Salman Rashid

Travel writer, Fellow of Royal Geographical Society

On the road with a message of peace

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On March 13, a group of nine Balti mountaineers and a doctor set out of Hushe (north of Khaplu) on a trek of 1000km, carrying with them a message of peace for the world. Through Skardu, Gilgit and by way of the Karakoram Highway, they reached Islamabad exactly 31 days later.

Salman Kasi in Lahore

These good men were set off by the irresponsibility of the country’s print and electronic media. The semi-educated and irresponsible journalists manning the media cannot differentiate between the northwest of the country and what was until some years ago Northern Areas and routinely reported about terrorism emanating from the ‘Northern Areas’ (shumali ilaqajat in Urdu). The result was widespread vilification of the Gilgit-Baltistan region as a terrorist hotbed. And this was not just among ignorant Pakistanis but equally ignorant foreigners as well.
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Back from the brink

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A quarter century ago, driving from Dipalpur to Haveli Lakha in Okara district of Punjab, I passed a gateway with a couple of human figures in terracotta. If memory serves, there were some more peering down from niches in the wall. Pausing, I learnt that this was the ‘tomb of Bhuman Shah’ in the village of the same name. Bhuman Shah, so my young informant said, was a great saint from even before his grandfather’s time – which in the vernacular means a very long time ago.


I looked in and noticed a building with an impressive façade flanked by octagonal turrets with a central gateway on my right. Straight ahead, at the end of the street could be seen another building with an octagonal turret. To the left, a battered dome that I took to date from the early 18th century reared up behind a wall. The young man invited me to look in on what he said was a fort, but it being just about sunset I declined hoping to return another time.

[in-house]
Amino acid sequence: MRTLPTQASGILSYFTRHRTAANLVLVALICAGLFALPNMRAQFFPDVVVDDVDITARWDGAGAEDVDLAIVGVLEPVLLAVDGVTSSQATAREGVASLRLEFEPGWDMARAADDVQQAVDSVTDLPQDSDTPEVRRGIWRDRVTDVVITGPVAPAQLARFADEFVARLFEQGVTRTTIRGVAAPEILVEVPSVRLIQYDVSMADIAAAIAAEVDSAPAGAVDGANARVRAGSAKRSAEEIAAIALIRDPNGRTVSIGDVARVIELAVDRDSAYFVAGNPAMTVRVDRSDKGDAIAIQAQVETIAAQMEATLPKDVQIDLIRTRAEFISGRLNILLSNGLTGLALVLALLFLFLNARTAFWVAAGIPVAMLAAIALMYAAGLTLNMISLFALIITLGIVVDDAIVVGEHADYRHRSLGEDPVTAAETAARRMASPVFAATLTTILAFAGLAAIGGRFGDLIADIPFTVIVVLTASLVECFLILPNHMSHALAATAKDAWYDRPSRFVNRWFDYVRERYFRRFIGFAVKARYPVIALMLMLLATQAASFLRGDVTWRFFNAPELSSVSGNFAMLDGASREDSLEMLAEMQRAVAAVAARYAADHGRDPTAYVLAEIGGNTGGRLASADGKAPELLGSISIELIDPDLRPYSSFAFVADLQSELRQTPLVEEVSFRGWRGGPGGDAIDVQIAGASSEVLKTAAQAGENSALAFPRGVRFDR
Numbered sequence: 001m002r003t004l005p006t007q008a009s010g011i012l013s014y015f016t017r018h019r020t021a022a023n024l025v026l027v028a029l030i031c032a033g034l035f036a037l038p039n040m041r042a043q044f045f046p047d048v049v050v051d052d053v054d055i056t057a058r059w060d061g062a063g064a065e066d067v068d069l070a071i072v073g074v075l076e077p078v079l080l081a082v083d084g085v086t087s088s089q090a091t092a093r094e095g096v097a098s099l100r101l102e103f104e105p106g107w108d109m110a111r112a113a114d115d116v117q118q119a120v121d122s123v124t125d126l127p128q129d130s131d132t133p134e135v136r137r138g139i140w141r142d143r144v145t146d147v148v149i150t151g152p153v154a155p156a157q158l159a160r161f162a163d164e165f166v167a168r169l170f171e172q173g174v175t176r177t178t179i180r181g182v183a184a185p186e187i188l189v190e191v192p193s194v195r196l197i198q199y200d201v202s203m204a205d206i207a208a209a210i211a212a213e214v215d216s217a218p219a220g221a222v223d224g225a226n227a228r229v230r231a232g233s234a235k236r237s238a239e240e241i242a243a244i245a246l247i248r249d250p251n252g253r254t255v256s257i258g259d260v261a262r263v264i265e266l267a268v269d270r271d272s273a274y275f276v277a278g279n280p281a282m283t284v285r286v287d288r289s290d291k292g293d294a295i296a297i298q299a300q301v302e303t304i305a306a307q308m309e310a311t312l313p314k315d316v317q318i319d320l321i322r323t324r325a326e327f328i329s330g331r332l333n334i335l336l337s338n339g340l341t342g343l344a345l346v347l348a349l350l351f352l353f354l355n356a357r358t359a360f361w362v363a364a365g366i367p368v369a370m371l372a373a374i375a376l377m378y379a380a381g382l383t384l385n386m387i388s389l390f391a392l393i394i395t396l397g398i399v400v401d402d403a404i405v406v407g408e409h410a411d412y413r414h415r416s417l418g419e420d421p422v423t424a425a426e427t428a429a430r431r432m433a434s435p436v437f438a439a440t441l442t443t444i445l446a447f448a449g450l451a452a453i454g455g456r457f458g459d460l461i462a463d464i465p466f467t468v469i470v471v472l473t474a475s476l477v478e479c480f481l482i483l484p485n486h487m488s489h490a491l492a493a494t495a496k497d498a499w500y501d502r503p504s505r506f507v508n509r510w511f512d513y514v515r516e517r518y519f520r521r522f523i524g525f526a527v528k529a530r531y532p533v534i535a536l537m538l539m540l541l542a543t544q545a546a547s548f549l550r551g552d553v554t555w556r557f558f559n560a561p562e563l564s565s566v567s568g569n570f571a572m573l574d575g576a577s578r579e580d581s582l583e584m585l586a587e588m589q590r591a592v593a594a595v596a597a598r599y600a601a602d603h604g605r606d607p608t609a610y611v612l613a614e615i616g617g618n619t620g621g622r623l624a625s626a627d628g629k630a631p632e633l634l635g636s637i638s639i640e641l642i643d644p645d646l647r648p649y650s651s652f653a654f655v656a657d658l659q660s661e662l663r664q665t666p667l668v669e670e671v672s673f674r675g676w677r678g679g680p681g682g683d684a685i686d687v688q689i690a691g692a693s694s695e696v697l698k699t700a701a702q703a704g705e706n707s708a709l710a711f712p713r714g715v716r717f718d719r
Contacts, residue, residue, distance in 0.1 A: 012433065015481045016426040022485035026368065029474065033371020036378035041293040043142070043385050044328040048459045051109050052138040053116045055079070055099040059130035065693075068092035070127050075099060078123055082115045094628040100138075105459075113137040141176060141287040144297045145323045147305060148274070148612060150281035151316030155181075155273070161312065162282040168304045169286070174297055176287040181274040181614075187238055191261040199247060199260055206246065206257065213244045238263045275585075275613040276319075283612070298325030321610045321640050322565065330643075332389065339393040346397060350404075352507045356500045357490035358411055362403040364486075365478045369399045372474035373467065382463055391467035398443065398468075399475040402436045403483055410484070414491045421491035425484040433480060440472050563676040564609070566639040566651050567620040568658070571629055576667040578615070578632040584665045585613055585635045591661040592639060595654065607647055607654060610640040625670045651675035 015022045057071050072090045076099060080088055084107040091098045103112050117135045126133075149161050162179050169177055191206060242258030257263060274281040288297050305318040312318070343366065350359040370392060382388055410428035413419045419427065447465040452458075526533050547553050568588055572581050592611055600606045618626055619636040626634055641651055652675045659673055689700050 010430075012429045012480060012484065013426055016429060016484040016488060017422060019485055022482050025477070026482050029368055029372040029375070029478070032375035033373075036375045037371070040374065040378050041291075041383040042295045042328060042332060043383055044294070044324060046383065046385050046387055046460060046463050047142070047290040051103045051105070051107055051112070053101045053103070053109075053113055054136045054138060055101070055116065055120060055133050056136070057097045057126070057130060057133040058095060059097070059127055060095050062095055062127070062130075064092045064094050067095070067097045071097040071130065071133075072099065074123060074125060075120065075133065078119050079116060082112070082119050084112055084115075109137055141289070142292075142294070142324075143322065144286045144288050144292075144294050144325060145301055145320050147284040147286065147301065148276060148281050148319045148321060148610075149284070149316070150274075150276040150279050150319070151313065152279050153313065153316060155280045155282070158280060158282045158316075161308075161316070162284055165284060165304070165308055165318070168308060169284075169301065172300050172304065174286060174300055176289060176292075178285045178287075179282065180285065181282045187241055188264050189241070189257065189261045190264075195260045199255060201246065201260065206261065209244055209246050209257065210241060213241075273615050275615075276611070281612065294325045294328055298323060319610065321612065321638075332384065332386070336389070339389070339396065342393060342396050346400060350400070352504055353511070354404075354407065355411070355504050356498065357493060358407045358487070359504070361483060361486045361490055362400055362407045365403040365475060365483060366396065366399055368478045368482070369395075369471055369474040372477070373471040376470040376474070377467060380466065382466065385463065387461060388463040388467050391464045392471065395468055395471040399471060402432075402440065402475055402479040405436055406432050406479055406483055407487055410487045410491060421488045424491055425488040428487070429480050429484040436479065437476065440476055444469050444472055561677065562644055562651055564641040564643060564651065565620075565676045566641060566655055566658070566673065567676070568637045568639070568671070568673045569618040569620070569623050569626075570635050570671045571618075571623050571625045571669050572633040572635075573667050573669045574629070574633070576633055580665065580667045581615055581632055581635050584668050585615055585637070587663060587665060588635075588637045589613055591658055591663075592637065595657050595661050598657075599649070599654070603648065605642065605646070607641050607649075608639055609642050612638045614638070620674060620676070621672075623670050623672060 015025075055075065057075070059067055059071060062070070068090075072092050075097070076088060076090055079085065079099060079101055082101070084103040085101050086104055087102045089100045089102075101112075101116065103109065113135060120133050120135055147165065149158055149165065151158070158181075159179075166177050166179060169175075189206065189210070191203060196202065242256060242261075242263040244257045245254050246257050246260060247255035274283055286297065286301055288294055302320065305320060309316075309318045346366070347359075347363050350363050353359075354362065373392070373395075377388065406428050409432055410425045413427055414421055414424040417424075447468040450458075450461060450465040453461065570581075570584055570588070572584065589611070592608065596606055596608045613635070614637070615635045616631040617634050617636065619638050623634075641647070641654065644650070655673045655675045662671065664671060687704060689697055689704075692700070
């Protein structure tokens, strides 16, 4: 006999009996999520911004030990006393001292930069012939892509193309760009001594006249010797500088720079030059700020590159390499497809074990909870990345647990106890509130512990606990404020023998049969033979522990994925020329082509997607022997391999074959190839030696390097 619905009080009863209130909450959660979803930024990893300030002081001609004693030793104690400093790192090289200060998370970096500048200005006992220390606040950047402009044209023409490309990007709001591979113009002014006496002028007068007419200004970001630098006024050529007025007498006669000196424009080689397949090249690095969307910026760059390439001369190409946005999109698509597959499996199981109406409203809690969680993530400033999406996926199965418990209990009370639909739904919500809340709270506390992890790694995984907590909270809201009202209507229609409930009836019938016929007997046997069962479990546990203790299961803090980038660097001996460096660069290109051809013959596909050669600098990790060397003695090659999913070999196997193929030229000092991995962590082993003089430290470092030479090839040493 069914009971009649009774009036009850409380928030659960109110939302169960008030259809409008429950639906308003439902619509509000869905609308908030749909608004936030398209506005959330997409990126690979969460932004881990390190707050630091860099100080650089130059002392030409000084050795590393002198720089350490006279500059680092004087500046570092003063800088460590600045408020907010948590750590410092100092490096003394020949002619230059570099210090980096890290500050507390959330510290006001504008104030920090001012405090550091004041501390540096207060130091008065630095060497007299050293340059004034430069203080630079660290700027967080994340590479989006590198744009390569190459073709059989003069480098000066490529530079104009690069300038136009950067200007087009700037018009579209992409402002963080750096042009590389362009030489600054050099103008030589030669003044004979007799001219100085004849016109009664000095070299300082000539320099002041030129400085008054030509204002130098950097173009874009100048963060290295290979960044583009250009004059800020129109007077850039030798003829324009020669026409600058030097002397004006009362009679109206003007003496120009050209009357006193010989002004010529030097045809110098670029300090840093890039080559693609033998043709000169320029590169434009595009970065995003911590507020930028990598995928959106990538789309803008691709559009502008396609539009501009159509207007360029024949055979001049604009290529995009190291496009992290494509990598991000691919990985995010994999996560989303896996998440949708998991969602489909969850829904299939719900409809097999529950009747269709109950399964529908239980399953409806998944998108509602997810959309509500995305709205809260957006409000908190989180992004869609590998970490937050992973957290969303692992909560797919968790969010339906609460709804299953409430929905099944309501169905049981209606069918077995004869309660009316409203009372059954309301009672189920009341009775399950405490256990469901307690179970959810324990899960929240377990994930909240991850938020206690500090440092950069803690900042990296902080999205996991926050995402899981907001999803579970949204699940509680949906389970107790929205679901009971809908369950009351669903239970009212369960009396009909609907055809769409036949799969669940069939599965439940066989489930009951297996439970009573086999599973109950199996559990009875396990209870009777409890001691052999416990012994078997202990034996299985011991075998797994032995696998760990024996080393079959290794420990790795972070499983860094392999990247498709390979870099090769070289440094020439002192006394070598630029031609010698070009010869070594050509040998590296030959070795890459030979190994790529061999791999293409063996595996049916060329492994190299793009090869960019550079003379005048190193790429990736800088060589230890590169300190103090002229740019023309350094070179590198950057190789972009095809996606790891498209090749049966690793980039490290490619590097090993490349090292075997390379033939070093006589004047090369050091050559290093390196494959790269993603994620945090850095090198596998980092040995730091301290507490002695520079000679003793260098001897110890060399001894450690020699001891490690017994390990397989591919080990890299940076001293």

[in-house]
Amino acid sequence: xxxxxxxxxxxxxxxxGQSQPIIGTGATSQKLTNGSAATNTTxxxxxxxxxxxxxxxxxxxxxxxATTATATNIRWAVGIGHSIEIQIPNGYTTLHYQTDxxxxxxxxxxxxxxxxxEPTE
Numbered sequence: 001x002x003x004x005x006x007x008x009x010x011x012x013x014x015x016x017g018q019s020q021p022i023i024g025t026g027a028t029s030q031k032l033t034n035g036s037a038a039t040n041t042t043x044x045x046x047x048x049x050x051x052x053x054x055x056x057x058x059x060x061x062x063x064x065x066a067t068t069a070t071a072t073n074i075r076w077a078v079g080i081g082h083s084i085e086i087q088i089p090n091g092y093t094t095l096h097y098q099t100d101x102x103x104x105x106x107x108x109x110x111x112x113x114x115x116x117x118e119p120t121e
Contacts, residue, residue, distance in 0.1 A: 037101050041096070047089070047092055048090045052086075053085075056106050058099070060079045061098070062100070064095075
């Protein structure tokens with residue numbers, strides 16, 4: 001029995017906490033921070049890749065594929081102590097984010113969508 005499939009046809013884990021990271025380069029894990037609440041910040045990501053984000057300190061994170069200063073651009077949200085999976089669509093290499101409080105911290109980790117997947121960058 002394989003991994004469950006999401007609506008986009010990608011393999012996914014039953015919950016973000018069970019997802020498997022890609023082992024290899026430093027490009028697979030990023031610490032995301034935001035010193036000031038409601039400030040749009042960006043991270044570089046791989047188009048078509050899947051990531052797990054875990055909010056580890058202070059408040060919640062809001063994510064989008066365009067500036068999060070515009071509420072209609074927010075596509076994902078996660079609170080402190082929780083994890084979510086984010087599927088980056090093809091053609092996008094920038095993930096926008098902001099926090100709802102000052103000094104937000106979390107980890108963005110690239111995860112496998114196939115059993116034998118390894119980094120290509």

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Standing on the threshold of a new age

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Once upon a time when ‘urbanisation’ had not yet caught on, this was another country. Outside the urban centres, this was a land of wide-open vistas of swaying fields of wheat, rice or sugar cane as weather permitted. This was a land of spreading banyan trees that, I was learn much later, figured on one-inch army topographical maps as ‘survey trees.’ And this was a country of fine stands of shisham and acacia trees, roadside ponds ablaze with red and blue lotus flowers and fresh water streams alive with tortoises and fish.


In those days of the late 1950s and through the following decade, when the family drove up the Grand Trunk Road to Rawalpindi or took the N-5 down to Multan, the ride was through a marvellous landscape. The Degh River just a few kilometres north of Lahore was a clear water stream whose banks were lined with anglers – especially if it was a Sunday. Gujranwala was a tiny little town where we swept past only a handful of stores and several lovely old town houses.
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In the throne room of Gondophares

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One day in the long ago year of 44 of the Common Era (AD, as it was once called), Apollonius, the Greek philosopher, and his friends walked up the broad, tree-lined main street of Taxila (of the ruins now called Sirkap). Among his retinue, Apollonius had Damis, a native of Nineveh (Mesopotamia), a brilliant linguist and diarist. Damis recorded everything he saw in the company of the philosopher and it is because of him that we know what transpired in the city in that long ago age.


They had entered Taxila from the main gate in the north and worked their way up the main street. En route they paused at the temples and the several stores they passed. Apollonius now neared the palace of the king for he had been granted the audience he had sought. It must be remembered that only two decades before Apollonius' visit, Taxila had changed hands between the Scythians and their distant cousins the Parthians. And now the city and indeed most of Punjab was under the sway of Gondophares, the Parthian.
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Another Sad Joke

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Today, 9 April 2014, there appears in newspapers this ad. It says that it is essential to have only that computerised registration plate on your vehicle that is issued by the Excise and Taxation Department. This is such a crock of shit!